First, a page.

The party revolt and floor-crossing of NDP MHAs Dale Kirby and Christopher Mitchelmore raised eyebrows, but pale by comparison to Joey Smallwood’s leading a defection movement against the Liberal party that he himself helped to found (not to mention his refusal to concede the premiership for several weeks despite losing the election in 1971), drawing supporters into his rival Newfoundland Reform Liberal Party.
http://theindependent.ca/2016/02/05/....qgUCl76U.dpuf
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  #46  
Old Posted Apr 19, 2016, 11:43 PM
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Originally Posted by kwoldtimer View Post
It's hard to see it staying that high, but who knows these days? I've been watching the UK pound dropping against the $Cdn - if it hits $1.80, I'm going to buy some for my trip to Scotland this summer. Of course if the UK votes "yes" to Brexit, that could be expensive!
From what I've gathered, if the UK votes yes to Brexit, your future trips might be done in Euros or in Scottish Pounds.
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  #47  
Old Posted Apr 20, 2016, 12:21 AM
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Originally Posted by lio45 View Post
From what I've gathered, if the UK votes yes to Brexit, your future trips might be done in Euros or in Scottish Pounds.
The strike in Kuwait is apparently settled, so we'll see tomorrow if the $Cdn holds or tanks.
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  #48  
Old Posted Apr 20, 2016, 12:22 AM
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Originally Posted by SignalHillHiker View Post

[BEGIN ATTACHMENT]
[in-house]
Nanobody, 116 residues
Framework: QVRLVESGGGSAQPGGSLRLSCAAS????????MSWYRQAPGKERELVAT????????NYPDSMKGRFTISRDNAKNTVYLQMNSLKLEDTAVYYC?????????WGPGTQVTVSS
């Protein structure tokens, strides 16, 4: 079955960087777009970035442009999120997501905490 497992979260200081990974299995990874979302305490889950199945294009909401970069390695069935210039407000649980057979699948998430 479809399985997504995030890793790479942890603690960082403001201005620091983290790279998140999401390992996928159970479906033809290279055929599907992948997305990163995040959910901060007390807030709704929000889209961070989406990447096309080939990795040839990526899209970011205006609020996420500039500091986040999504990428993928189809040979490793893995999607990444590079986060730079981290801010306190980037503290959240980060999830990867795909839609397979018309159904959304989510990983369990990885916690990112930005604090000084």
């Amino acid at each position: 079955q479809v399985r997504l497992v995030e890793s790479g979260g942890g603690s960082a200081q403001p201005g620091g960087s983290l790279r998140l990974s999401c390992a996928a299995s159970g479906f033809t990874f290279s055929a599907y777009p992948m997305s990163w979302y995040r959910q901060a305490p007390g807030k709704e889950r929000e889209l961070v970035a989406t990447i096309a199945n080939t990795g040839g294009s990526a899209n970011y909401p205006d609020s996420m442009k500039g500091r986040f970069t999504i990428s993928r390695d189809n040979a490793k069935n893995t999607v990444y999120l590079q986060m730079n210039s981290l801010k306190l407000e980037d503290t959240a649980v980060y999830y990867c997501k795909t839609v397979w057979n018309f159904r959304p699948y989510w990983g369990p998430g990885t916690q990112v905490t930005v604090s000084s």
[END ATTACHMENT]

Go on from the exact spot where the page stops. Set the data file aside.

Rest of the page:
I don't know. We've had governments vote against themselves several times in the past, and lots of floor-crossing for votes as well:



http://theindependent.ca/2016/02/05/....qgUCl76U.dpuf
Newfoundland and Labrador - the Italy of Canadian politics.
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  #49  
Old Posted Apr 20, 2016, 1:06 PM
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"Big announcement" coming at 11 a.m. from Natural Resources Minister Siobhan Coady.

The provincial Liberals tend to hype bullshit, so I suspect it's not that huge. I'd say Ed Martin is out as CEO. I don't think this will be a cancellation announcement - but who knows.
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  #50  
Old Posted Apr 20, 2016, 1:17 PM
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"Big announcement" coming at 11 a.m. from Natural Resources Minister Siobhan Coady.

The provincial Liberals tend to hype bullshit, so I suspect it's not that huge. I'd say Ed Martin is out as CEO. I don't think this will be a cancellation announcement - but who knows.
My guess is this announcement will have to do with the environmental situation in Lake Melville. The government will probably be pressuring or ponying up money to fully clear the reservoir area to ensure the least amount of contamination of the water source.